When US singing star Belinda Carlisle makes her return to the UK this year with a trip to Wrexham’s William Aston Hall, there will be a special part of her glory days in attendance.

And he would not have had far to travel too, as Martin Wild from Whitchurch, who used to live in Bangor-on-Dee has a link to the singer of ‘Heaven is a place on Earth’ and ‘Leave a light on’.

Martin, now a media officer at Whitchurch Alport Football Club, was once the founder and organiser of the UK Belinda Carlisle fan club and fanzine, which had the seal of approval from the star herself as a phone call in London following her appearances on the biggest chat shows of the time.

And for Martin, who takes pride in the high standard of programme he produces at the club, it’s a look back at some brilliant times, but always with a professional eye on the content.

“I liked her music first and foremost and we’d seen her live on her tour in 1987 in Manchester,” said Martin, who is recovering from a serious fall last year.

“Then in 1990 after her 1989 Runaway Horses album came out, the fan club came about. I was already doing the fanzine.

“I do the Whitchurch Alport programme and this year’s, I have to say, is stellar. So when I compare that to what I was knocking out 27 years ago, it was so amateur, it’s unbelievable.

“I did that and then one year, we went away on holiday and when we got back, there was a letter on my mat in Bangor-on-Dee where I lived at the time. I saw the stamp mark was from Los Angeles and then I saw BJM in monogram, for Belinda Jo Mason (her married name) and it said thank you for sending her the fanzine, it’s great and I thought ‘blimey, some acknowledgement’.

“I always had pretty good information, for example, when she had her son, I had a telephone call to say she was on her way to the hospital where all the stars go and she was having her baby later that day.

“Then I got a second letter from her, which was far more detailed than the one before it, and eventually myself and the guy who helped me produce it, we went to London.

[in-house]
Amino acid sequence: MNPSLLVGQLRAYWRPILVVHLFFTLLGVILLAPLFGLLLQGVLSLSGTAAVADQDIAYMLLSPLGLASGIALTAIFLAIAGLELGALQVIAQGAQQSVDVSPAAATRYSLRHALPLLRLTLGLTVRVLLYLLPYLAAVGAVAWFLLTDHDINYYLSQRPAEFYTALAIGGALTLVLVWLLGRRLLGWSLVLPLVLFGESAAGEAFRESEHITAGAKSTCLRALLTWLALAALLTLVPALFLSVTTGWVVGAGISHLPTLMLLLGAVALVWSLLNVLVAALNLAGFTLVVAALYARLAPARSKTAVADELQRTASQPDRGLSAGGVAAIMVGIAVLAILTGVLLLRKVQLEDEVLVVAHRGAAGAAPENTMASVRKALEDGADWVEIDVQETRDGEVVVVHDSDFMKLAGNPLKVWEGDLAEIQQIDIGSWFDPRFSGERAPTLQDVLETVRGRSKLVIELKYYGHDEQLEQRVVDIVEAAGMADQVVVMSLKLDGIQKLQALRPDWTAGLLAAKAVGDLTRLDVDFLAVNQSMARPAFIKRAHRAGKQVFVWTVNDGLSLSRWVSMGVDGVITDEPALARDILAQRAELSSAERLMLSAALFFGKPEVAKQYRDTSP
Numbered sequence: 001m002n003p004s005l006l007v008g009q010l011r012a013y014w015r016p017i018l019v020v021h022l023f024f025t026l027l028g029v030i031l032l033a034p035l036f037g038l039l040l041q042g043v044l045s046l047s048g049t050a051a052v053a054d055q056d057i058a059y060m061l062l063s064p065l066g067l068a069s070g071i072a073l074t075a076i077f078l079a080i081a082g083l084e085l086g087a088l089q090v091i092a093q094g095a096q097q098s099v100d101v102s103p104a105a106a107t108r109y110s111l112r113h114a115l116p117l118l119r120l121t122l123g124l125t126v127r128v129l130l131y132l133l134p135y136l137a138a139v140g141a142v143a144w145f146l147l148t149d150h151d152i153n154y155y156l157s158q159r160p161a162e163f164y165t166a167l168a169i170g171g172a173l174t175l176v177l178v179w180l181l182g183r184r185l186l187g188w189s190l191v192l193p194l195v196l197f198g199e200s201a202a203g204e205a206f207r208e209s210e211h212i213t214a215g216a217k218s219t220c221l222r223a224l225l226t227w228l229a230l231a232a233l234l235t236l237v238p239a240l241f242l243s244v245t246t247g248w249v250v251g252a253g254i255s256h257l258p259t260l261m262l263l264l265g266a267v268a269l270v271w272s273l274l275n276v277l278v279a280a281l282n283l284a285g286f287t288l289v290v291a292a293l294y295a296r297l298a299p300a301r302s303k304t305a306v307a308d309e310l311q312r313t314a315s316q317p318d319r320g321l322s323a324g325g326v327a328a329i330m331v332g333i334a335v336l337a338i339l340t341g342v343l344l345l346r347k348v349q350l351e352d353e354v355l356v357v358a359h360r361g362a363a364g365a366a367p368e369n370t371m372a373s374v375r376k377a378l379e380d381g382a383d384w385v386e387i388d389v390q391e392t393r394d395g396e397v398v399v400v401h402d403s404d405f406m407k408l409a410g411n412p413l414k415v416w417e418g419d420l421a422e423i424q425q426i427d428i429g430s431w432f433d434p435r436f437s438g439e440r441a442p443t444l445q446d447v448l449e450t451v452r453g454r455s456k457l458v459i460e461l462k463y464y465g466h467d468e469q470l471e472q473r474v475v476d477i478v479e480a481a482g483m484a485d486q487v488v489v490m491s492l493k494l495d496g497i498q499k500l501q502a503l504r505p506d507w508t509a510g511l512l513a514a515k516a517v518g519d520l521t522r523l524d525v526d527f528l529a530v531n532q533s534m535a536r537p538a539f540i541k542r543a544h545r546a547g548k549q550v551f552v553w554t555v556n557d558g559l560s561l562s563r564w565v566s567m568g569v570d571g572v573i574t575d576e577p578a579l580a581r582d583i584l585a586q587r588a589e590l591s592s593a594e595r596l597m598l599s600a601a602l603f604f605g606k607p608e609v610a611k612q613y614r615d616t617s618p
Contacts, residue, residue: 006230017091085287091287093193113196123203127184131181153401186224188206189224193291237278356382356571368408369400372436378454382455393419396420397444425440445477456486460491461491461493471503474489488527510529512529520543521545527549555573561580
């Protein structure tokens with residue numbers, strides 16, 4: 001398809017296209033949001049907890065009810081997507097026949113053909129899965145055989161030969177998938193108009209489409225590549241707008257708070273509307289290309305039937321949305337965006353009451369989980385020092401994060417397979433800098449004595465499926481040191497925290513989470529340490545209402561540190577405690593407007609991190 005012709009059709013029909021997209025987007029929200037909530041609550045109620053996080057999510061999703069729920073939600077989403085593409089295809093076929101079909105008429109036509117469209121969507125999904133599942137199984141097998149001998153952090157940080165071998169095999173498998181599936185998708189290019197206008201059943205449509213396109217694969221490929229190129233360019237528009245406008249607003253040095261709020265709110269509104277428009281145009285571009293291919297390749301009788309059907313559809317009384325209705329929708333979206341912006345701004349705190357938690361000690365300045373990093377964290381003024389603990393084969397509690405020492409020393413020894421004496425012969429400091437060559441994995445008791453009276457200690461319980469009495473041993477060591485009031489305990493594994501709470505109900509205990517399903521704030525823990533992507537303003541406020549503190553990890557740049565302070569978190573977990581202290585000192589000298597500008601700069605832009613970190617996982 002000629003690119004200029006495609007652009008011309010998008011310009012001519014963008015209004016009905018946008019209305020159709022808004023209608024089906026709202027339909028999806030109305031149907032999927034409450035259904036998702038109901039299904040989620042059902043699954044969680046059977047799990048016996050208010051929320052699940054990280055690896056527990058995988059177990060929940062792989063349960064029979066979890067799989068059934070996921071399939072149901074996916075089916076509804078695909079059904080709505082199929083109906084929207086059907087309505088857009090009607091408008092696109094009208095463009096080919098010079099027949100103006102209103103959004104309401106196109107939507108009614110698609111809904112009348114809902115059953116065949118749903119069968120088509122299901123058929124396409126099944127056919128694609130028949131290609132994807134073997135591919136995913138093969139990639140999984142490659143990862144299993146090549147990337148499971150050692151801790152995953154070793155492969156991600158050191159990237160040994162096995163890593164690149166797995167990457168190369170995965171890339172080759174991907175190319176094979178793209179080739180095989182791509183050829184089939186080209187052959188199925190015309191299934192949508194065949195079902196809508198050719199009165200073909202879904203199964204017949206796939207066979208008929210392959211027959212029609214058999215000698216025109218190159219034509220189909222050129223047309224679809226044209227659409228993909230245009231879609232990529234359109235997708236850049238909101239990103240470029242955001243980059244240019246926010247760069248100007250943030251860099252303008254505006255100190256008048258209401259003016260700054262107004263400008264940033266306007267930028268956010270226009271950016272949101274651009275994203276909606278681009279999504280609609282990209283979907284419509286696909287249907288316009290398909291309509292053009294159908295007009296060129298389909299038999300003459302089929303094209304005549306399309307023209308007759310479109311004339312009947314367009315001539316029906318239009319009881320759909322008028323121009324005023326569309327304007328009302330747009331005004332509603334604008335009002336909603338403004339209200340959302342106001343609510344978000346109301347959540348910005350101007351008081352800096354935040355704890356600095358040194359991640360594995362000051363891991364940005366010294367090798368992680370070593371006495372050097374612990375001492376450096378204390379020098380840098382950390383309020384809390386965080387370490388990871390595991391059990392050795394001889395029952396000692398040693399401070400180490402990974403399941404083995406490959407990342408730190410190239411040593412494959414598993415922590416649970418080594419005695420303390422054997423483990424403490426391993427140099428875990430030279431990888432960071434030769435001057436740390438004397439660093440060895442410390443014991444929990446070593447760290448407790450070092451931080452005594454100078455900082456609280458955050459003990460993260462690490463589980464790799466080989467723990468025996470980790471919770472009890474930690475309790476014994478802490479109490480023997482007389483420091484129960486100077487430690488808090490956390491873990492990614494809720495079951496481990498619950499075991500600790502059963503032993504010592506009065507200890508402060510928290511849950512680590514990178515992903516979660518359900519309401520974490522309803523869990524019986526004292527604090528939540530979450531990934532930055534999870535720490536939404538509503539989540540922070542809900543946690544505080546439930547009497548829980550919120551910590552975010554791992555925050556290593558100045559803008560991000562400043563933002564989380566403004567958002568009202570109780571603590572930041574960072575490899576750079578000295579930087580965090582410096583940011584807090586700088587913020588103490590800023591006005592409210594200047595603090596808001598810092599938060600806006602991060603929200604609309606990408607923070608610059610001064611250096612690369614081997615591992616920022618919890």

“She was on The Terry Wogan Show on the Friday night, and her PA asked us would it be ok to hook us all up then? We watched the show live and then we gave it the half hour they asked for, for her to be back in the suite and then I rang a number, asked to be put through and it was like talking to a friend, really.

“She’d seen the work I was doing and knew we were big fans. I suggested the fan club to her there and then and she said ‘why not?’ She told me to get in touch with Virgin and tell them what we wanted to do.

“I got in touch with a guy there and went down to see him in London and went into his office, all the walls were festooned with CDs; there were thousands of them and such an amazing array of music.

“He was receptive to it, we told them our ideas but basically he said that they would get my PO Box number, which at the time was my house, listed on Belinda’s albums and singles. So I set up a PO Box in Wrexham and got all these things printed by Bentley’s Printers there – Ron Bentley and his son who I think are still going.

“We did all the fan club packs and updated fans every quarter, we had exclusive photographs that we used to send out but again, when I look back it now, it’s cringe time. It wasn’t up to the standard of now, even though we only charged £10 for it.

“It only ran for 12 months. But it was great to say that my claim to fame is running her fan club – that said, when I say it now, all my carers are young and the ask ‘who’s Belinda Carlisle?’”

When Martin looks back at his time, he admits he is proud of it and is looking forward to her perfomance at the William Aston Hall on September 29.

“To have a CD of an album that went to number one in the UK charts and it has my address on the back, knowing full well that fan club is run by you and endorsed by her, then I would I say then I was of proud of it then,” he said.

“But it was a bit bonkers to have even come up with it when I had my own things to run at the same. It was never going to have the same longevity that say a Tina Turner fan club might – it had a short shelf life and I might have been crazy to think I could make a good living from that from how ever many years.

“I got to meet her once in a London hotel room. My daughter Annie was just around six at the time and we met her in Kensington. It was a boiling hot day and we were last people up there, and we went up to the suite to see her. It was a nice, amicable day.”